39
December 10, 2014 10:00 PM

I had a couple of new thoughts tonight:

Lawrence -- there's a little twoheaded Lawrence in my 4yo's class who goes by just that, Lawrence, which I find so surprising and it has really grown on me this year. It feels like Arthur to me, so I can see it with your kids. (His sister is PeneIope fwiw.)

Fergus -- Miriam mentioned it above and I like it. My youngest son's mn is Fergus0n (family name) and we call him Gus, which is one of the best nns ever imho.  :)

Digory -- a little out there, but Digory Kirke is a great Narnia reference imo, and I love the sound of it.

David -- kingly (Biblical and Scottish).

40
December 10, 2014 11:19 PM

 ...there's a little twoheaded Lawrence"

Poor little Lawrence.  Is there nothing medical science can do for his two heads? :-)

David: biblical, Scottish, and most particularly WELSH.  (St. David is the patron of Wales.)

41
December 10, 2014 11:31 PM

Ahh! Haha! Thanks for catching that -- of course I meant TOWheaded! Poor Lawrence indeed!

42
December 11, 2014 2:34 PM

Of course, I knew you were talking about a little blond, but I couldn't help thinking of the recent birth of two-headed conjoined twins who were miraculously born alive but only survived a day or so.  Sad story....

43
December 13, 2014 9:04 PM

LOL, my daughter was reading over my shoulder, and wondered if the two-headed kids shouldn't each have their own name :).

44
December 13, 2014 10:04 PM

Oh, they definitely should.  On the current American Horror Story, one head of the two-headed lady is Dot and the other is Bette....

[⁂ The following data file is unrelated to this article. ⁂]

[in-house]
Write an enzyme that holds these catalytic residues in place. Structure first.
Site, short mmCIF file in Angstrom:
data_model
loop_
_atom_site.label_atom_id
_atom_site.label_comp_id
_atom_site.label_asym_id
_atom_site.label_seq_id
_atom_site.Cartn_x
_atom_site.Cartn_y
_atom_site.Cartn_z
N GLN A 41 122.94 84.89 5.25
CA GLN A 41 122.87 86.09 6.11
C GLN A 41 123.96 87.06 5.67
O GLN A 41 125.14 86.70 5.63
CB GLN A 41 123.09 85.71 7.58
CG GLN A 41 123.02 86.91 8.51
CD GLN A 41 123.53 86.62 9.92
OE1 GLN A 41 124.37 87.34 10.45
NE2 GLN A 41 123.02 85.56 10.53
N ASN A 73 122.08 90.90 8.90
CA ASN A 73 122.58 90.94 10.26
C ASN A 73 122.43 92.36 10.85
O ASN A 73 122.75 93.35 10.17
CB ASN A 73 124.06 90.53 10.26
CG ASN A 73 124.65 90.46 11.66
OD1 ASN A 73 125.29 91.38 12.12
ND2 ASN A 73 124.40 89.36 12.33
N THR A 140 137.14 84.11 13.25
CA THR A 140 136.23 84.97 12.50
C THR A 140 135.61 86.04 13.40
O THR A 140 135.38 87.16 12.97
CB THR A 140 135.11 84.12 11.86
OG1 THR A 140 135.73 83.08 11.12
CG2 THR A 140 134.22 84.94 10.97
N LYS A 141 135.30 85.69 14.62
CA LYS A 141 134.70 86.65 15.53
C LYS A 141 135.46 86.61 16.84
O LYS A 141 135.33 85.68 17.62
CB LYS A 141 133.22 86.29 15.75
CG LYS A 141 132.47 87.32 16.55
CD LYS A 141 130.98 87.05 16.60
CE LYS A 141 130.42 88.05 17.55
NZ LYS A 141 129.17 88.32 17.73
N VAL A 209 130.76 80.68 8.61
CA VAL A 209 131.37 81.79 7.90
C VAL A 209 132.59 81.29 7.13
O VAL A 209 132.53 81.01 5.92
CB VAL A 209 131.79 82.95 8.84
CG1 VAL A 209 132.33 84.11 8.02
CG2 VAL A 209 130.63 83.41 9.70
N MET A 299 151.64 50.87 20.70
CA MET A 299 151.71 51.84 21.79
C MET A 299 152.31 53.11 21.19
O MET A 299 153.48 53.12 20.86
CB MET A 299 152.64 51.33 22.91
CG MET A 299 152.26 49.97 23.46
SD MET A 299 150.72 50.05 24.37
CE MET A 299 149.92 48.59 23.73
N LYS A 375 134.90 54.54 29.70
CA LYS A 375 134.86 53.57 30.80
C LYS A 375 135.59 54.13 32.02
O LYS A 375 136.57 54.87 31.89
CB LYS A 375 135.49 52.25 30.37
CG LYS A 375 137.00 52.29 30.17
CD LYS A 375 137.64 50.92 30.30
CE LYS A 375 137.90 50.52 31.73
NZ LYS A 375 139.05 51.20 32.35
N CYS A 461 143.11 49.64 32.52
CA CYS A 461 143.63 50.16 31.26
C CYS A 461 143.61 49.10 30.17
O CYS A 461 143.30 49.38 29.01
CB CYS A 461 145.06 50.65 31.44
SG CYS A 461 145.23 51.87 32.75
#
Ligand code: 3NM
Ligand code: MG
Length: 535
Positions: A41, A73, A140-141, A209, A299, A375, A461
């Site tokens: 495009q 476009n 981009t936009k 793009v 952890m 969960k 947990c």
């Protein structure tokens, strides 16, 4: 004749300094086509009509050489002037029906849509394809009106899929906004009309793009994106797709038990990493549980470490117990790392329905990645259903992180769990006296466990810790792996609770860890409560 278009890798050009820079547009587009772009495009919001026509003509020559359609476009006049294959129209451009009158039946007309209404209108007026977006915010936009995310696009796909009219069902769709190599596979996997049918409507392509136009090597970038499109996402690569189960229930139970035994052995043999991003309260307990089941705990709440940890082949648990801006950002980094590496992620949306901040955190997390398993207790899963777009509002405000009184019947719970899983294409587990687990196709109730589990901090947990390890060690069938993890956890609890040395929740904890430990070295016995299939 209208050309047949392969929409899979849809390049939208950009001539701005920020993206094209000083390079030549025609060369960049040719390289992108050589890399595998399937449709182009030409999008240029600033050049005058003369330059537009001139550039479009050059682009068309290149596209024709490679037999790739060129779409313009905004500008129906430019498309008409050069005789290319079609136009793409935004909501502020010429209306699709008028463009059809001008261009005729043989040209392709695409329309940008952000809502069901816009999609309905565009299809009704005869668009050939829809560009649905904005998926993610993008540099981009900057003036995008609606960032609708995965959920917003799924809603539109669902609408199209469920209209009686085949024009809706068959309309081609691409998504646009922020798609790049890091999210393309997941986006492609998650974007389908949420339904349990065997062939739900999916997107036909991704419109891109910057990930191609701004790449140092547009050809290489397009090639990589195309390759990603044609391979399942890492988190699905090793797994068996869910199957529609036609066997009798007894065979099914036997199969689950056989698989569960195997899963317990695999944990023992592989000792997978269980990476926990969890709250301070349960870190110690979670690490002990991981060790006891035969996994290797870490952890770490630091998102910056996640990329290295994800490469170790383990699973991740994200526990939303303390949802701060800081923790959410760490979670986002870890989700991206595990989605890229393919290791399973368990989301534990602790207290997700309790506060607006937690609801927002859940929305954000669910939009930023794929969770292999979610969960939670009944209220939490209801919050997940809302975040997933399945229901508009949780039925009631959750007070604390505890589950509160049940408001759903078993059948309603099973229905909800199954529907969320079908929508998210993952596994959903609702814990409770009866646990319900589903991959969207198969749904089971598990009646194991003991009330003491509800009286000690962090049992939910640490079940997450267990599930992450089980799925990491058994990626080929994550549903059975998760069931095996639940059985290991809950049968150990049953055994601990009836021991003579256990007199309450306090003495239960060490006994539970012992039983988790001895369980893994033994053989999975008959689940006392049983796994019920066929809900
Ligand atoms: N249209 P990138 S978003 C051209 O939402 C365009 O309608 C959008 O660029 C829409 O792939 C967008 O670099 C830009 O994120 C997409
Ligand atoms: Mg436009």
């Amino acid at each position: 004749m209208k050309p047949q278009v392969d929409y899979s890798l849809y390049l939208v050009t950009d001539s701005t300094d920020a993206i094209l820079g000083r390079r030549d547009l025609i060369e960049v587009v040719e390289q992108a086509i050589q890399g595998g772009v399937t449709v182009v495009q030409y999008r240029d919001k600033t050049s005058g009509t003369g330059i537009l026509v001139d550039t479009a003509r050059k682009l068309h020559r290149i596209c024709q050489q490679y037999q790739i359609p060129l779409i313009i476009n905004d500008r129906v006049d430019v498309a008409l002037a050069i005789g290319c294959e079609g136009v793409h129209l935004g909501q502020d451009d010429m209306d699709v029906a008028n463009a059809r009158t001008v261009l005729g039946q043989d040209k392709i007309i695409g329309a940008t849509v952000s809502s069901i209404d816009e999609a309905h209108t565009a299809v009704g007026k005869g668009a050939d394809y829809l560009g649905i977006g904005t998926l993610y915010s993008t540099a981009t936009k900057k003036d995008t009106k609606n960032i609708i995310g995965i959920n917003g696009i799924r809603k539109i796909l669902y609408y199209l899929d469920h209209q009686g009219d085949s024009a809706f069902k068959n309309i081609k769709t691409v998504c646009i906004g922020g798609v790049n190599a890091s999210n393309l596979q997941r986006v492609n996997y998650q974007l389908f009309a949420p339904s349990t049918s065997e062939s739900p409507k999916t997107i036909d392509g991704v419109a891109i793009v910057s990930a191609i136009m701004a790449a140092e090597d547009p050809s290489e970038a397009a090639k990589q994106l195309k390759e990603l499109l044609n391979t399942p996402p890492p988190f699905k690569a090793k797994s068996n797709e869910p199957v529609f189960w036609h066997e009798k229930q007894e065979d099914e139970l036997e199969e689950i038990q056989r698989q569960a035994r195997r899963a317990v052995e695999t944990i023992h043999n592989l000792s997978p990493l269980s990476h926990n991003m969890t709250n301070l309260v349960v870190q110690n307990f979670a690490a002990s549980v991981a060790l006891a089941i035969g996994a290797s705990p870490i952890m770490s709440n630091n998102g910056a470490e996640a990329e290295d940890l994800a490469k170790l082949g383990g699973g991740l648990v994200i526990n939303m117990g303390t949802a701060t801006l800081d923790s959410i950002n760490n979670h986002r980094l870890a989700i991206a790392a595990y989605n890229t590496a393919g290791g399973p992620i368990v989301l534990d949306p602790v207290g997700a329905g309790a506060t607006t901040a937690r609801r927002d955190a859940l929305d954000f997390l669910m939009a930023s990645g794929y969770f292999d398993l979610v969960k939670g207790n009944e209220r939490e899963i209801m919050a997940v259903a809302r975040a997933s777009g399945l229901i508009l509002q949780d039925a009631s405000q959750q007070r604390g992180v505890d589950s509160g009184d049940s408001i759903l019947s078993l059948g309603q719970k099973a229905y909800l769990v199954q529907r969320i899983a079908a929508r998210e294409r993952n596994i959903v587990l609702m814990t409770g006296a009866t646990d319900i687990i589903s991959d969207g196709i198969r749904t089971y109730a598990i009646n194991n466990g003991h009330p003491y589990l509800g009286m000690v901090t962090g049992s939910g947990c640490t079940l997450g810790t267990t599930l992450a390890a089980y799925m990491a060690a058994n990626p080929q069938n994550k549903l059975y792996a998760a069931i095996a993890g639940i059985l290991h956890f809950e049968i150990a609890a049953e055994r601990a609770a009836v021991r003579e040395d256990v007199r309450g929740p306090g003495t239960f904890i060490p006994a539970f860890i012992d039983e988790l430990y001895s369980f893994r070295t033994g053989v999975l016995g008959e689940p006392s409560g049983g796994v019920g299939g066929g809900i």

45
December 11, 2014 1:37 PM

My first thought was Louis, he was the king of France for the longest time. I also love Gideon and Gavin.

46
December 11, 2014 1:38 PM

A baby brother for Ivy, Arthur, Peter, and Molly ...

Basil, Cyril, Desmond, Edmund, Felix, Francis, Gerald, Howard, Leo, Louis, Rufus ... ;o)

Good luck!

47
December 11, 2014 2:04 PM

Something that is not out there but not to common hmmm how about Dwight? For me that's kinda up there with Phillip because I only knew of 1 person each  with these names and I went to elementary school with them way back when.  Never  met anyone since with them.  Ivy, Arthur, Peter & Dwight.  It works.  Good luck and congrats. 

48
December 12, 2014 12:34 AM

Wow,  you deserve like a million bonus points for that suggestion. It's actually Peter's middle name, chosen because it is a family name, but still, I'm impressed. 

49
December 12, 2014 11:47 AM

lol wow seriously, I must have been channeling you or something.  Ok then let change my suggestion.  How about Harris or even Harrison if thats not to many syllables. 

50
December 12, 2014 10:24 AM

I think someone already mentioned Edward, but I want to suggest it again. It seems so great to me as a brother to Peter and Arthur, it's kingly and English. I prefer the full name to any of the nns, but Ned and Ted are both nice options, and while I don't care for Ed I do think Eddie is cute. There was also my dad's friend Edward who went by Z3b, just in case you want something crazy.  :)